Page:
Nepal has introduced a token system for its cargo containers entering the bordering Kerung (Geelong inland port) in China through Rasuwagadhi region, the only operating international border point between the two countries.
"We have implemented the token system starting from Saturday. Now, only 50 containers can enter China at once for importing goods from the country," Xinhua news agency quoted Krishna Prasad Adhikari, chief district officer of bordering Rasuwa district, as saying.
"After these containers return to Nepal, another 50 will be given tokens to enter China."
According to Adhikari, vehicle movement on the Nepali side of the border has been difficult due to parking of hundreds of trucks on the road, which remains fragile after the April 25 earthquake last year.
Due to traffic jams on the road, several hydropower projects being developed near the border are finding it hard to transport necessary construction materials, said Nepali officials.
As the traditionally main trade route -- Tatopani-Khasa (Zhangmu) route -- has remained closed since last year's quake, the traders have started shifting to Rasuwagadhi border for their export and import requirements.
The new route was formally opened for international trade only in December 2014.
According to Adhikari, the new system will ease the movement of vehicles across the border.
But, the Nepali officials also fear whether entry and exit of 50 containers would be enough for the growing trade through this route.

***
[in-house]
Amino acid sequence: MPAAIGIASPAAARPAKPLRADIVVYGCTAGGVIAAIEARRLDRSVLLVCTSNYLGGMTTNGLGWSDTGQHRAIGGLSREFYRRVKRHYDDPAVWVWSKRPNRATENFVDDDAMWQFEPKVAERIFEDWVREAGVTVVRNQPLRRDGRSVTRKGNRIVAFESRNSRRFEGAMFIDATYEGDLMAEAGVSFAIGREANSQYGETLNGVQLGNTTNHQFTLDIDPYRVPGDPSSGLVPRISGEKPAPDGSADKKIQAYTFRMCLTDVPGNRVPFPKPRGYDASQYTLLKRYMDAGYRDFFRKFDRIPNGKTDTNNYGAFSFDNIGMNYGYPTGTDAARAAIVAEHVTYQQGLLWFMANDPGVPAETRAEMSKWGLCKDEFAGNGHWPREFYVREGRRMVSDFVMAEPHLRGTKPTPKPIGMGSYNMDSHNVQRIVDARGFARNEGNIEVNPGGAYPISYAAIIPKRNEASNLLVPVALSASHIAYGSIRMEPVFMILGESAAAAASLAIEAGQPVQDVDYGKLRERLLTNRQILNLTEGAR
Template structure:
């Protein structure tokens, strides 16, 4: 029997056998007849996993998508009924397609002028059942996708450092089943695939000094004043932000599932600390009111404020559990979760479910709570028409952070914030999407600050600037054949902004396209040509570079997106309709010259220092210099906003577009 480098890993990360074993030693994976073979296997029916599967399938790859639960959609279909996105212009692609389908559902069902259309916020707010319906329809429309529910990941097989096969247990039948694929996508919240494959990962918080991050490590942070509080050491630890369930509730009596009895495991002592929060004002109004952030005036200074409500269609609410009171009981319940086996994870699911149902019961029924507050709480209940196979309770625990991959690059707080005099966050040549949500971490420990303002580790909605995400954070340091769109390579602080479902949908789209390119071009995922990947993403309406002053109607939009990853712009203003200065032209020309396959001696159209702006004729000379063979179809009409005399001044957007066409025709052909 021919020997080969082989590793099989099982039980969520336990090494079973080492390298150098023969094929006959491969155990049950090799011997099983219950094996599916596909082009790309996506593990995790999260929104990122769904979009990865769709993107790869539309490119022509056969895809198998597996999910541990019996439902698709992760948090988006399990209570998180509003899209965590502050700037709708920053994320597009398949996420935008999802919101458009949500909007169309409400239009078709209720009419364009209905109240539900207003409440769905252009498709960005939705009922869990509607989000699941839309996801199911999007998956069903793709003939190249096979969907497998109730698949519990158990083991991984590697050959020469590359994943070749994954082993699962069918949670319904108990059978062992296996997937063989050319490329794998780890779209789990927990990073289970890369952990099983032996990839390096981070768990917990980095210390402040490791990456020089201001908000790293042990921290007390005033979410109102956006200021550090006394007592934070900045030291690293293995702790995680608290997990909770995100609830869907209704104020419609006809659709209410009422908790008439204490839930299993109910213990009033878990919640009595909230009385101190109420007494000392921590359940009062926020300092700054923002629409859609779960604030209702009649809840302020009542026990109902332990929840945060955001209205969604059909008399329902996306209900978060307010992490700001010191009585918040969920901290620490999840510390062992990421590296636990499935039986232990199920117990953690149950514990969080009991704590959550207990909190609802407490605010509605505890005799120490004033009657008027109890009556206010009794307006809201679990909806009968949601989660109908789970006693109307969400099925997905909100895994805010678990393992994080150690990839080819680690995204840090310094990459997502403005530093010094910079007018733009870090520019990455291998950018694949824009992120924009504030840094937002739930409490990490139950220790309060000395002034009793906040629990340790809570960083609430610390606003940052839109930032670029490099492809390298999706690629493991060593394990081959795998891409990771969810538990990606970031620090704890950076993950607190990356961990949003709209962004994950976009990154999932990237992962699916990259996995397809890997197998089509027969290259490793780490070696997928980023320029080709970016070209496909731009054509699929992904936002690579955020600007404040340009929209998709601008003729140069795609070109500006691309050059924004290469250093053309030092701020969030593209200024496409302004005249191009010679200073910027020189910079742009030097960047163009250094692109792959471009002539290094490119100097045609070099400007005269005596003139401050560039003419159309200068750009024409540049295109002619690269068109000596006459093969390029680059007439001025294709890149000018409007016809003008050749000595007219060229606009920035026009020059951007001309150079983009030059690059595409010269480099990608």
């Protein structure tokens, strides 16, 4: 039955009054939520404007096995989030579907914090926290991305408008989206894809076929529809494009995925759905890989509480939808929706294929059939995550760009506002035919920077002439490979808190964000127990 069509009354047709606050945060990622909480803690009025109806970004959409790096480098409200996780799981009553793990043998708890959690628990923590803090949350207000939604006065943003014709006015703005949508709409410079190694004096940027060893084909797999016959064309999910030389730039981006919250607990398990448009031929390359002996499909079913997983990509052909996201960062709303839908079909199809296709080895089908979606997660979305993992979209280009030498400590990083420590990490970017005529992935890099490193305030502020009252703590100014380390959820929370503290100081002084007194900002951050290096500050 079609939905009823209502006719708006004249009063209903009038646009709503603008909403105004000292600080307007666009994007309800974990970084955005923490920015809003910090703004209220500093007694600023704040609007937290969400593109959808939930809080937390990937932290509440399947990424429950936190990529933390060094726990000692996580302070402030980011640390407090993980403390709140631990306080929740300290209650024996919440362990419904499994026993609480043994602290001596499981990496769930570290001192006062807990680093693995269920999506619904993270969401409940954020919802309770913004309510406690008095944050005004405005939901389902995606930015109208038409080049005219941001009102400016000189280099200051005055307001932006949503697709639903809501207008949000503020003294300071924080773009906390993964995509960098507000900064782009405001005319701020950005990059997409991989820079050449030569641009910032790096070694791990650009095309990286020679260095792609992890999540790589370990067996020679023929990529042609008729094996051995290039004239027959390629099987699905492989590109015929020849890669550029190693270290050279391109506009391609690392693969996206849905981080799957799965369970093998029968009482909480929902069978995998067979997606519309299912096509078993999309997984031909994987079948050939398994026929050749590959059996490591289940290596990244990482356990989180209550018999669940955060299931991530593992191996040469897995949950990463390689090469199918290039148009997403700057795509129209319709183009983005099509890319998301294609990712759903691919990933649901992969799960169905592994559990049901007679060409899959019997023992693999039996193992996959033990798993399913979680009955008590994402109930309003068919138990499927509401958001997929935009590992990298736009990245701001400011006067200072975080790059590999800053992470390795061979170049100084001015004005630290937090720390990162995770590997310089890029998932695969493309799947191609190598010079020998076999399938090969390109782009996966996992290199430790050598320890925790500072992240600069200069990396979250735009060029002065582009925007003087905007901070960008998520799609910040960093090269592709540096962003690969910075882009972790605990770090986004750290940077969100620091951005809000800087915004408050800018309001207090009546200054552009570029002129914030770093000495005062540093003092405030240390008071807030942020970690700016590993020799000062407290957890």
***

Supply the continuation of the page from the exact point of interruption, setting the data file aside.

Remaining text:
"Currently, around 200 containers are returning at once from China bringing goods," Kedar Paneru, Chief Customs Officer at Rasuwa district, said on Sunday.
According to Paneru, the shipment of containers is taking place twice a week currently.
"If it takes place twice a week with 50 containers at a time instead of most of the days in a week, it will create a big problem in bilateral trade and revenue collection of the Nepali government," said Paneru.
Although Nepali traders have been increasingly using the Rasuwagadhi-Kerung route after the closure of Tatopani-Khasa border point, the new route has not been as busy as the old one.
Currently, most of the imported goods from China come through the sea route via Kolkata port, according to traders.
(This story has not been edited by Business Standard staff and is auto-generated from a syndicated feed.)